Prevention NOT Intervention
I think there will always be a small group of children who will need one-to-one tutoring - even with the best synthetic programmes, best training and best implementation; there are some children who have particular needs that cannot be met in a group - and not just SEN children.
We tutored some children with SEN at my old school forever until they could read well. We also tutored children with behaviour problems, long term absentees, new arrivals just to mention a few. These children were always given more of the same and not something different. No amount of group teaching helps a child once they fall behind their peers - though you can sometimes teach in pairs if they are at the same level.
If we want to be truly inclusive schools must plan for these children as a matter of course and not just hope for the best. Synthetic phonics is not a simple panacea - it takes determination to get every child reading. As soon as a child fails to learn the first letter on the first day - quick tutoring should take place.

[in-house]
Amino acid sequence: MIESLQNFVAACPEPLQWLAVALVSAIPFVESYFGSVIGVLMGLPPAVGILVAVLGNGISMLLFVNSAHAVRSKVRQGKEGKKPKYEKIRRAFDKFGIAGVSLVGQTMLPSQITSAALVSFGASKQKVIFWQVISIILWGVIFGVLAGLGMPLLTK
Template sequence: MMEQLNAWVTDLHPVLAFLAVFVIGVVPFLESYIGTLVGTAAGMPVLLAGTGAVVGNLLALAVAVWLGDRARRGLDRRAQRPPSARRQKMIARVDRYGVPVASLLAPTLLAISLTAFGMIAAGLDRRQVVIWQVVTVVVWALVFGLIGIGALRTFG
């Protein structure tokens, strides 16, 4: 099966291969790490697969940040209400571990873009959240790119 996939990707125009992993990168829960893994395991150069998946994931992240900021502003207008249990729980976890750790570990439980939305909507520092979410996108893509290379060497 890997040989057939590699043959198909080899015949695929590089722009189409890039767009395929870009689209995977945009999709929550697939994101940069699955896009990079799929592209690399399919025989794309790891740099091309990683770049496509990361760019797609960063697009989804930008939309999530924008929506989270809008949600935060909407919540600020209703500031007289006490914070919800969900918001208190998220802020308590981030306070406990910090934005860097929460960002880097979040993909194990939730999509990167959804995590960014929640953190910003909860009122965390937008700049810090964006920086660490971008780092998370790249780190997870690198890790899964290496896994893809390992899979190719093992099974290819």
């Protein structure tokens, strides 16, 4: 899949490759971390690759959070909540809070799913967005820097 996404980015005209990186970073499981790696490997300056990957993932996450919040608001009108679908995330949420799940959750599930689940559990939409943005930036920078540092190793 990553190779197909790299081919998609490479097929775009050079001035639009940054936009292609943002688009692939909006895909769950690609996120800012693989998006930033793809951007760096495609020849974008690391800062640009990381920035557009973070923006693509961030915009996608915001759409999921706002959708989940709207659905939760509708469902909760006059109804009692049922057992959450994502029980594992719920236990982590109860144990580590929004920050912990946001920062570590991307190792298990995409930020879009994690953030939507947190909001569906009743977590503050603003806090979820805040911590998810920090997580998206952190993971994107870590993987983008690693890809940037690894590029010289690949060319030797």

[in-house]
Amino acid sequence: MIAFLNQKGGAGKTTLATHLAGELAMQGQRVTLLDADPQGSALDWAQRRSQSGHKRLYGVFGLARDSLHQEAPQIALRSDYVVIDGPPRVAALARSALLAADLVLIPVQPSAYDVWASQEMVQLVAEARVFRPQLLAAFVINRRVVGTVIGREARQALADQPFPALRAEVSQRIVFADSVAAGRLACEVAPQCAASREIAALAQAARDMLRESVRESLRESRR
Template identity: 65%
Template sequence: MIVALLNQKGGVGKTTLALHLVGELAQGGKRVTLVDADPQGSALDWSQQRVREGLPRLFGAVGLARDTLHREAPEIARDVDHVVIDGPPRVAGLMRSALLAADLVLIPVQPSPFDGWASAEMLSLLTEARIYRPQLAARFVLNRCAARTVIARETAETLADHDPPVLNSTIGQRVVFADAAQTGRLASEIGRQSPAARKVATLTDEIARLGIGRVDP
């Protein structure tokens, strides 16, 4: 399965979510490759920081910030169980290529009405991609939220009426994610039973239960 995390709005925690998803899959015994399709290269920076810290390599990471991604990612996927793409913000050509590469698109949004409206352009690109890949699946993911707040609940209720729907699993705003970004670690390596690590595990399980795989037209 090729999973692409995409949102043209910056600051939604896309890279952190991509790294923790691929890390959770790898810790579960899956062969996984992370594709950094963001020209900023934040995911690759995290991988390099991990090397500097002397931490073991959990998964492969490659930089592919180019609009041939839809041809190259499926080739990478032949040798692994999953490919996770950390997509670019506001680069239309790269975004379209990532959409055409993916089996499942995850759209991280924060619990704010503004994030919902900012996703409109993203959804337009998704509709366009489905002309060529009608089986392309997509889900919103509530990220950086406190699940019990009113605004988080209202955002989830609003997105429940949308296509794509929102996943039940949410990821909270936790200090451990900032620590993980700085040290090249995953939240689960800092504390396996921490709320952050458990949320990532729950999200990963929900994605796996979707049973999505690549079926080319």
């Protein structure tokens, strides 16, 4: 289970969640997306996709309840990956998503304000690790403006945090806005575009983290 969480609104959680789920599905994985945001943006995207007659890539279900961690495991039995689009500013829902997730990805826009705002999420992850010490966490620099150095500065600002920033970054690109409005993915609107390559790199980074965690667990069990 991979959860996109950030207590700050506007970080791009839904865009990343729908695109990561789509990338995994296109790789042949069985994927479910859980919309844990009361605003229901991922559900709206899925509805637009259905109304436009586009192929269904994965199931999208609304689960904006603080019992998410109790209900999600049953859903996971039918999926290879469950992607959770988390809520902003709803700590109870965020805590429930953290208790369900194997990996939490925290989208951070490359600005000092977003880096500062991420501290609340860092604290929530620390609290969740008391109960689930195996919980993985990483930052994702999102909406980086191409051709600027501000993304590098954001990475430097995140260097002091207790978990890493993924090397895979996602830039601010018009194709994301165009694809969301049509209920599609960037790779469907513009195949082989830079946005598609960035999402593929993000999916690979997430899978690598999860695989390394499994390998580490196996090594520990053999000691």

It was not the intention of Letters and Sounds to suggest careful grouping, provide day-by-day lesson plans or to provide specific training for assistants and teachers. Although more children will hopefully learn, it will be more vulnerable to poor implementation than the commercial programmes that provide this.
I think it vital that as programme writers we start to put our attention to this vulnerable group. If we don't do this, children who fail on phonics will be given less phonics through expensive catch-up and recovery programmes and not more phonics.
Sorry to bang on. I do feel really strongly - if you hadn't noticed!
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